By Brad Lendon, CNN
(CNN) – Schools must give students with disabilities equal opportunities to participate in extracurricular athletics, including varsity sports, the U.S. Department of Education said Friday. And if existing sports don't meet the needs of those students, schools must create additional athletic programs.
Some advocates compared the move to Title IX, the 1972 amendment that mandated gender equity in education and sports programs at schools receiving federal funds. The department’s Office for Civil Rights pointed to a 2010 report from the Government Accountability Office that said disabled students were not getting equal opportunities to participate in sports, a right they were granted under the Rehabilitation Act, passed in 1973.
Denying disabled students’ participation meant that they “may not have equitable access to the health and social benefits” of playing sports, the education department said in a statement Friday.
“Sports can provide invaluable lessons in discipline, selflessness, passion and courage, and this guidance will help schools ensure that students with disabilities have an equal opportunity to benefit from the life lessons they can learn on the playing field or on the court,” Education Secretary Arne Duncan said in the statement accompanying the guidelines.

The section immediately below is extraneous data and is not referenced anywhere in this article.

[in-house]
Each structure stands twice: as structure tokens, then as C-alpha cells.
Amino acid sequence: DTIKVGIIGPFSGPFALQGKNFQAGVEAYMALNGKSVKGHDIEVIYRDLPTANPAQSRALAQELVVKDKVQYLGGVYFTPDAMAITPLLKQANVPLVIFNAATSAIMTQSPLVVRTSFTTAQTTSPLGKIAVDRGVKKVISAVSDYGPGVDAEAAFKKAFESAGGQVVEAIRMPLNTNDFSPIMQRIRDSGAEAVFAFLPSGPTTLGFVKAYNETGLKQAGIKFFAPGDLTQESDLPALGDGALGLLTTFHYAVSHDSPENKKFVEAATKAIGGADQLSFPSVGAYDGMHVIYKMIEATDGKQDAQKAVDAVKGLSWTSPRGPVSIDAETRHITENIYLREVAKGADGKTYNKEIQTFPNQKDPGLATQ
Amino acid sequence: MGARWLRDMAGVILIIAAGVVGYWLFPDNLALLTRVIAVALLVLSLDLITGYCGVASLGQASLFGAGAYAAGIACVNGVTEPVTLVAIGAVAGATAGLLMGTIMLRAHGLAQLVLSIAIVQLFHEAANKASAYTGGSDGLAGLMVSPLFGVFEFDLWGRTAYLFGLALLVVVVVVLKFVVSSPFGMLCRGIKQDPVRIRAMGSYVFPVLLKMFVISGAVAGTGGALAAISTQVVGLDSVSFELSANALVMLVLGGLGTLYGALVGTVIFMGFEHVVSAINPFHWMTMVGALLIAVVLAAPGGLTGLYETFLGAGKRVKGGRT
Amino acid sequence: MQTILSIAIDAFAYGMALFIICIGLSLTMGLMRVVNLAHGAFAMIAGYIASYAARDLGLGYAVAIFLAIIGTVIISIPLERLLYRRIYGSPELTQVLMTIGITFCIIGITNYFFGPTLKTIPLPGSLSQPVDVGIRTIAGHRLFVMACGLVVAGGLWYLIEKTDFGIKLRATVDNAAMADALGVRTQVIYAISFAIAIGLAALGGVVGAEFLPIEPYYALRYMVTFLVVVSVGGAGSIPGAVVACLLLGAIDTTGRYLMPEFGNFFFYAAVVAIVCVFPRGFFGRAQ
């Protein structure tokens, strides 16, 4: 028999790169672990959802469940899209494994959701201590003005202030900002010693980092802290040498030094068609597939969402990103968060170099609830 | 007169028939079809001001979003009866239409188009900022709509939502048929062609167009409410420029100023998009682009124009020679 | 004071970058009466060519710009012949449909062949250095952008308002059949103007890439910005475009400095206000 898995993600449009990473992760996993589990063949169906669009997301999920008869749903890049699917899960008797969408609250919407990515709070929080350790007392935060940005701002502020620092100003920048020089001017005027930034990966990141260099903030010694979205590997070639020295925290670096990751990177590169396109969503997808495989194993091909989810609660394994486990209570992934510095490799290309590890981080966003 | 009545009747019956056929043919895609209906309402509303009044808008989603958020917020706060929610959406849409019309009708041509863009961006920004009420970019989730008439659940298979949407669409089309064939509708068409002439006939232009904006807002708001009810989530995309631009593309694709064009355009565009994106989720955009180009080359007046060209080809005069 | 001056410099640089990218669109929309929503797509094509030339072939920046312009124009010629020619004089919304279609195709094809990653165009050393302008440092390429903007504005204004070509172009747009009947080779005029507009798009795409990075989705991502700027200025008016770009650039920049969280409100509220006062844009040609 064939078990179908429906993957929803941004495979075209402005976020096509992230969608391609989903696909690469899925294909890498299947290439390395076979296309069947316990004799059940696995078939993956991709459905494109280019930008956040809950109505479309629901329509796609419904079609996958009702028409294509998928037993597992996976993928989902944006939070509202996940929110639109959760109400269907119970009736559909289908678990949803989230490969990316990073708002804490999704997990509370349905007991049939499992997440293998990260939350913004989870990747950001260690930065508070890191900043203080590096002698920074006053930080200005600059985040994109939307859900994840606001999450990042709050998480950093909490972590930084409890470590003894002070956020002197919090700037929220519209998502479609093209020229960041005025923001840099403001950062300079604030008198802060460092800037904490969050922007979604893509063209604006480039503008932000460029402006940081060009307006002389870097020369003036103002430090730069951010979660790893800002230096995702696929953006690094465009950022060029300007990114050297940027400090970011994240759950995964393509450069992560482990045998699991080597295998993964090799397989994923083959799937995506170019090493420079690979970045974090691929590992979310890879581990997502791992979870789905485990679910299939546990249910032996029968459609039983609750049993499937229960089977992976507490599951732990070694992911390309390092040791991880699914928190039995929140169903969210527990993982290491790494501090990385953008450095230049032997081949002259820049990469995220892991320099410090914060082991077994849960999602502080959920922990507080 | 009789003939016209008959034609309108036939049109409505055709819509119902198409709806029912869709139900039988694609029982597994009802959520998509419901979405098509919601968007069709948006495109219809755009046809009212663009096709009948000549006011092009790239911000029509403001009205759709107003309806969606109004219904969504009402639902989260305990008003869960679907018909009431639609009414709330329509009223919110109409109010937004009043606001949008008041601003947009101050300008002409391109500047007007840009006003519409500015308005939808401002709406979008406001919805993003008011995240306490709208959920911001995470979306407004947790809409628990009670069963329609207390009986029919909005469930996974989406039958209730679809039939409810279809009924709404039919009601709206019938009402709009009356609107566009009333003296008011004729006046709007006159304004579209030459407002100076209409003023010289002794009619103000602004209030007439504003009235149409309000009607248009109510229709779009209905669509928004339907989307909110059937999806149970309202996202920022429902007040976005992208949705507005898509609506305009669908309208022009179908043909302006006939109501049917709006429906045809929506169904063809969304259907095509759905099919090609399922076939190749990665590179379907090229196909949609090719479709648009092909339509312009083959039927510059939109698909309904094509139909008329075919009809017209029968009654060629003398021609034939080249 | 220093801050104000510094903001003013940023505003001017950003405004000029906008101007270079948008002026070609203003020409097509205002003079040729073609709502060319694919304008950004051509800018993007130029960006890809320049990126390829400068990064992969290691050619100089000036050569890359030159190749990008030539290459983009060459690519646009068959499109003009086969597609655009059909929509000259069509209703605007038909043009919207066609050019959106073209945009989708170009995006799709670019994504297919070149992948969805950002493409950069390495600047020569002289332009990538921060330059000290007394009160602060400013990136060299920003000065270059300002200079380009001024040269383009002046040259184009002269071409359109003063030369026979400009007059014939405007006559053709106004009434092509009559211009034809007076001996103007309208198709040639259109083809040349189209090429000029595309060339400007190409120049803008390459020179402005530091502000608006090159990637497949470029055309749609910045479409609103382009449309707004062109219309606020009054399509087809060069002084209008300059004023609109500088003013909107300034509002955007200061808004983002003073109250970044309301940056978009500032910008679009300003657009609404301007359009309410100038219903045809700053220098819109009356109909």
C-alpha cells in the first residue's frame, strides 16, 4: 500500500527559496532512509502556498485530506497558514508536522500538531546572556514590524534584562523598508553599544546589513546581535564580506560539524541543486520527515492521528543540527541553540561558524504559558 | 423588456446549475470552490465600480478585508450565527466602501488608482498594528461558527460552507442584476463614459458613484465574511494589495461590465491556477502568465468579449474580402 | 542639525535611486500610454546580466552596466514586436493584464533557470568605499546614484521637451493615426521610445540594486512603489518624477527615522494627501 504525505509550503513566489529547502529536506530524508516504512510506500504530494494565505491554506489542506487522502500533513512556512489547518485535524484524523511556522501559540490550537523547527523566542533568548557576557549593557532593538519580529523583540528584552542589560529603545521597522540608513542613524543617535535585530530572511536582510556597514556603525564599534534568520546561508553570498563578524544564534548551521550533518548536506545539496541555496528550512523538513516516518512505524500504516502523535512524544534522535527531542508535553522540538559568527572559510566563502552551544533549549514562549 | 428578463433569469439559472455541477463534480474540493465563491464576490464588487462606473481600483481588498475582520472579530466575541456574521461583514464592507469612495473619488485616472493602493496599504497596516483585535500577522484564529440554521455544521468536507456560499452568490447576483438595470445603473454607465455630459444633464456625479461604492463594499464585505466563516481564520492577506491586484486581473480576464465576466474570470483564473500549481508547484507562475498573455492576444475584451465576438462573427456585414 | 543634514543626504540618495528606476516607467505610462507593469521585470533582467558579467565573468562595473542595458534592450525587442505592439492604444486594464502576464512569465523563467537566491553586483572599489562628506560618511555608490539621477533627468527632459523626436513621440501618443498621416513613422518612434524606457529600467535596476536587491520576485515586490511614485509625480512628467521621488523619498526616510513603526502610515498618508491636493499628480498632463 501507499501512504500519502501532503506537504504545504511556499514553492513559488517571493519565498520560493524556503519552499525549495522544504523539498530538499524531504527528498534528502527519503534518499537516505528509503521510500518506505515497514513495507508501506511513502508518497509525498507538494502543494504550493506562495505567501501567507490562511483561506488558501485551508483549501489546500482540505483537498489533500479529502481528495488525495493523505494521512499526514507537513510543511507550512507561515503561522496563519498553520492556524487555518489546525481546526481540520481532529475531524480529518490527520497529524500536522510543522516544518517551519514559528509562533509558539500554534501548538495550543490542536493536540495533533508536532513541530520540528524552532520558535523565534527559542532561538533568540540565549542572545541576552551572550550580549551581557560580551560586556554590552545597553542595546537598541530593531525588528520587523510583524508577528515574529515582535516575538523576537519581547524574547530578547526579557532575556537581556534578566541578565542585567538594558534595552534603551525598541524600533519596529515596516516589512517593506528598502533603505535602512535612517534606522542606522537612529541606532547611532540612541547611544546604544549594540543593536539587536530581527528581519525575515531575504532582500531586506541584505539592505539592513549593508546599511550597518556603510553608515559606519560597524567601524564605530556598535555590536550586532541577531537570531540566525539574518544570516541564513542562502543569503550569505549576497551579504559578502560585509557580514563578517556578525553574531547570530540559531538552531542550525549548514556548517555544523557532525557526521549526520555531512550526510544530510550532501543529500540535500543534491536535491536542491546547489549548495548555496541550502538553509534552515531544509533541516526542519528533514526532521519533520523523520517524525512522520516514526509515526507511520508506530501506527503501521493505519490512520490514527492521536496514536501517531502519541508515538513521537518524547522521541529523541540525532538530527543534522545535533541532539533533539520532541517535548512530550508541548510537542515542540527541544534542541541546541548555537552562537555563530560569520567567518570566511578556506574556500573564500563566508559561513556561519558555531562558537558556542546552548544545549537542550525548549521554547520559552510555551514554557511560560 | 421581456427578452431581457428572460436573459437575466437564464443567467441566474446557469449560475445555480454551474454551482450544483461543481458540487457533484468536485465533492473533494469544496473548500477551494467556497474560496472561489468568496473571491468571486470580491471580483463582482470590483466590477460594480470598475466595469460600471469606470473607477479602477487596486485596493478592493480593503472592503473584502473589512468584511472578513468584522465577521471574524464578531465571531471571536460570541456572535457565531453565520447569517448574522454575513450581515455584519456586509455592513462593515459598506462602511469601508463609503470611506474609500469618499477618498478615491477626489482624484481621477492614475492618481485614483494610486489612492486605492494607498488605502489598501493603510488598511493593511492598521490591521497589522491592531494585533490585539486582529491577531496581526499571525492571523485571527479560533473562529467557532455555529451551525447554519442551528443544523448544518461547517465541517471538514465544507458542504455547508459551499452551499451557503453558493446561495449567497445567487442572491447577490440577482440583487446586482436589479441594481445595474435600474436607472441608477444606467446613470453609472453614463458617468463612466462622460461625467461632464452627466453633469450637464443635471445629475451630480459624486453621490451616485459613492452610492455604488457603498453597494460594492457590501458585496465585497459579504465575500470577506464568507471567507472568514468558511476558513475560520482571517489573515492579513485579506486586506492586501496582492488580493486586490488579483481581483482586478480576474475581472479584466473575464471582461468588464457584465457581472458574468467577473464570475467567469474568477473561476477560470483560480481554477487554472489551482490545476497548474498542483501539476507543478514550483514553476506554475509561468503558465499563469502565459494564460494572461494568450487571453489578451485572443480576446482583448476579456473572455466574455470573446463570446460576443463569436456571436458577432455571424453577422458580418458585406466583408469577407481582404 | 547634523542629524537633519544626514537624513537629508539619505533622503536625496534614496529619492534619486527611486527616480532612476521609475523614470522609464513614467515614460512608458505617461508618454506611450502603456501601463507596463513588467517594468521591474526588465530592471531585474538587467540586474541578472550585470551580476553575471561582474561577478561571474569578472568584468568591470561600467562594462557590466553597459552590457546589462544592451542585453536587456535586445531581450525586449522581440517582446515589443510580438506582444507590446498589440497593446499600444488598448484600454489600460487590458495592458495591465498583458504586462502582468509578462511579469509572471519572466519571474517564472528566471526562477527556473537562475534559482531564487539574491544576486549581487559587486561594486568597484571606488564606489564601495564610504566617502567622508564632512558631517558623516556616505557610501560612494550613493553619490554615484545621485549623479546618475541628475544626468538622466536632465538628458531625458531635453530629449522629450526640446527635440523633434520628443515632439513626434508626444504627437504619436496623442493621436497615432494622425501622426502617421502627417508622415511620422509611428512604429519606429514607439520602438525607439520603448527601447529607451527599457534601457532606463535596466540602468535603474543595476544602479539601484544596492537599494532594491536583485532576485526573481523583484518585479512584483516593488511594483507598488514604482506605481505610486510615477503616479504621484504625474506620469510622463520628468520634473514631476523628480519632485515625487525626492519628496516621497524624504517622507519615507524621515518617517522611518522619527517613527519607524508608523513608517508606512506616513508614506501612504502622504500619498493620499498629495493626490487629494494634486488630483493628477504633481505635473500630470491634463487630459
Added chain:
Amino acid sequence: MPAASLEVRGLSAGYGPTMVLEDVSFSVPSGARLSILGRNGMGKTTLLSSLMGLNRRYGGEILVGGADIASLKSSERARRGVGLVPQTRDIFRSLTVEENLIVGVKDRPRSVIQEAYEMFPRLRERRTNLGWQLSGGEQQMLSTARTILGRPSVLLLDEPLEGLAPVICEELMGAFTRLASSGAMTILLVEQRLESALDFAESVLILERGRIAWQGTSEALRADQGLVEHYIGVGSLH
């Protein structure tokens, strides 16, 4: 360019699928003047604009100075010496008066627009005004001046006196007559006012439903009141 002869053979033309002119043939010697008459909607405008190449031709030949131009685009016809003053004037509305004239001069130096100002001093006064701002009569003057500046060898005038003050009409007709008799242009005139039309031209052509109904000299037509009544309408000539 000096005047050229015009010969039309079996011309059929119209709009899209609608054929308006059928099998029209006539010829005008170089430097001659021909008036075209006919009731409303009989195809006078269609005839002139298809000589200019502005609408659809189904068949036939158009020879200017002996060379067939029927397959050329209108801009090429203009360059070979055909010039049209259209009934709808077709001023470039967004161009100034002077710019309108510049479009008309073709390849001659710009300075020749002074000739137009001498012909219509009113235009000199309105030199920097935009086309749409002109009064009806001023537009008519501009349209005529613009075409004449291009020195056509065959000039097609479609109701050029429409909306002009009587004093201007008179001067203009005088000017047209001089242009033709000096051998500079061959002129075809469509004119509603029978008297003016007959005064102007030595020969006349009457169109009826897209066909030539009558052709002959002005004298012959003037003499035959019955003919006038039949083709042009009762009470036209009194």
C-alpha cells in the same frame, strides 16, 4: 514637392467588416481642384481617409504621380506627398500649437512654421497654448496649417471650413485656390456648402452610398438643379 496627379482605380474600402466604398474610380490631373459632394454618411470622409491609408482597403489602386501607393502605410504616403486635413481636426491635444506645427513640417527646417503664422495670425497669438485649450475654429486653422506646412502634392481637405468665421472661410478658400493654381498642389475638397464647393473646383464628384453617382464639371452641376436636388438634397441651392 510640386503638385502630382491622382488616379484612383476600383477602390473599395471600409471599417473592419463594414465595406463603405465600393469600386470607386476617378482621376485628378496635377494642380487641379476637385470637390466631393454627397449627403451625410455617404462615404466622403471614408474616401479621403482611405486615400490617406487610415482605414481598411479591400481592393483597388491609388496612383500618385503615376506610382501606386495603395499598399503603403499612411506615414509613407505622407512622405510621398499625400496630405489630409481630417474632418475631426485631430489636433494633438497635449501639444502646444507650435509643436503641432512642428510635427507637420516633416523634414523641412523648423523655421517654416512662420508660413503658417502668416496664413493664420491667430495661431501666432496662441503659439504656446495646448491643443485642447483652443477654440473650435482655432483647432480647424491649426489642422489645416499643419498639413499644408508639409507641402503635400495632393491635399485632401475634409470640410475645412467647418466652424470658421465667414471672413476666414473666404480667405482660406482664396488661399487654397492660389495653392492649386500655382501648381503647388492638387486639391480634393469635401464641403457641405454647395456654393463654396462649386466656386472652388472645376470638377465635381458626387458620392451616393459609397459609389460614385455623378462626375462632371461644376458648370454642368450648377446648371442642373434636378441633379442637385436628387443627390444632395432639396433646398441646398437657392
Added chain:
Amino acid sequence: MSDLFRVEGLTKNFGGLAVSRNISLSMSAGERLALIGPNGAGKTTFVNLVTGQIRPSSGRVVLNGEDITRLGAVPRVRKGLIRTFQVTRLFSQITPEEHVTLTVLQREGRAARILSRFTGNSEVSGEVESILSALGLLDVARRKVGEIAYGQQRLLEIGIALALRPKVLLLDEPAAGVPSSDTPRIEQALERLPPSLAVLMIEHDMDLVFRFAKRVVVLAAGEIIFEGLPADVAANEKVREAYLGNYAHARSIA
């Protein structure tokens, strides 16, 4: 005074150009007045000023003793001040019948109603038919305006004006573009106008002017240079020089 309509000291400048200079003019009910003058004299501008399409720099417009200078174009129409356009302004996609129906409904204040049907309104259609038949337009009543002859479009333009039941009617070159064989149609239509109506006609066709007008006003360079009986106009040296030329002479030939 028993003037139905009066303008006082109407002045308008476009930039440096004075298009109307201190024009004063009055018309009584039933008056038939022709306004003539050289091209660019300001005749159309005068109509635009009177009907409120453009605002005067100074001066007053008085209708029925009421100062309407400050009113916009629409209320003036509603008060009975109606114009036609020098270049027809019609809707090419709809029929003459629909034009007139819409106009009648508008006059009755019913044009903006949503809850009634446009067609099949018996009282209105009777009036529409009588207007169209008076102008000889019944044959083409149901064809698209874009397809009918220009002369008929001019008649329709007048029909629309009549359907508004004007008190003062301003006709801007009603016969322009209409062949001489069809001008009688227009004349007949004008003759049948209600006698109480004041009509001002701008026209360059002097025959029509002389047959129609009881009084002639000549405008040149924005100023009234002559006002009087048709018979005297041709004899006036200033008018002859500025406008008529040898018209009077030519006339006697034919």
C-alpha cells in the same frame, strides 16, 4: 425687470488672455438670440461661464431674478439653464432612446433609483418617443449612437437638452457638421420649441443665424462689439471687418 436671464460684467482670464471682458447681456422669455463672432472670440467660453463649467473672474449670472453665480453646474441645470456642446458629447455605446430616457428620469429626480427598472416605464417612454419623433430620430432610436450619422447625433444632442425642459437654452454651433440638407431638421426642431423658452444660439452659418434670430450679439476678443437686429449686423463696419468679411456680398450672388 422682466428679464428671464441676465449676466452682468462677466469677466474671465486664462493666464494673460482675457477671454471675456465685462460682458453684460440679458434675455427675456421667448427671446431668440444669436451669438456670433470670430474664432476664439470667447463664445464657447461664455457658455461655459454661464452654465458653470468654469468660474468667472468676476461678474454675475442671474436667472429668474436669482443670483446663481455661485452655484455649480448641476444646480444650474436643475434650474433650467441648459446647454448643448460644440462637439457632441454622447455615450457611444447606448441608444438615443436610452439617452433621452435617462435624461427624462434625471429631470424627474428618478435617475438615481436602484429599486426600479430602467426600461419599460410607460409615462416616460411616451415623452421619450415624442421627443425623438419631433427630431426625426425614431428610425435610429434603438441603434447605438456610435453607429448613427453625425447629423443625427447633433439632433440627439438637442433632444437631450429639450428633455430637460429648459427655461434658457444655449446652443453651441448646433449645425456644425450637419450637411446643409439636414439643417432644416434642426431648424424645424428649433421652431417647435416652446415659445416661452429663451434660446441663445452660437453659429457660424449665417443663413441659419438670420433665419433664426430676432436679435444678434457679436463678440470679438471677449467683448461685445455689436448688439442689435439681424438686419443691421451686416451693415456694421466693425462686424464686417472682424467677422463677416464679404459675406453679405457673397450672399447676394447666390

Examples of the kinds of accommodations the department is seeking included offering a visual cue, along with a starter pistol, to allow deaf students to participate in track races or allowing a one-hand touch to end swimming races, rather than a two-hand touch, which would allow students with only one arm to participate.FULL STORY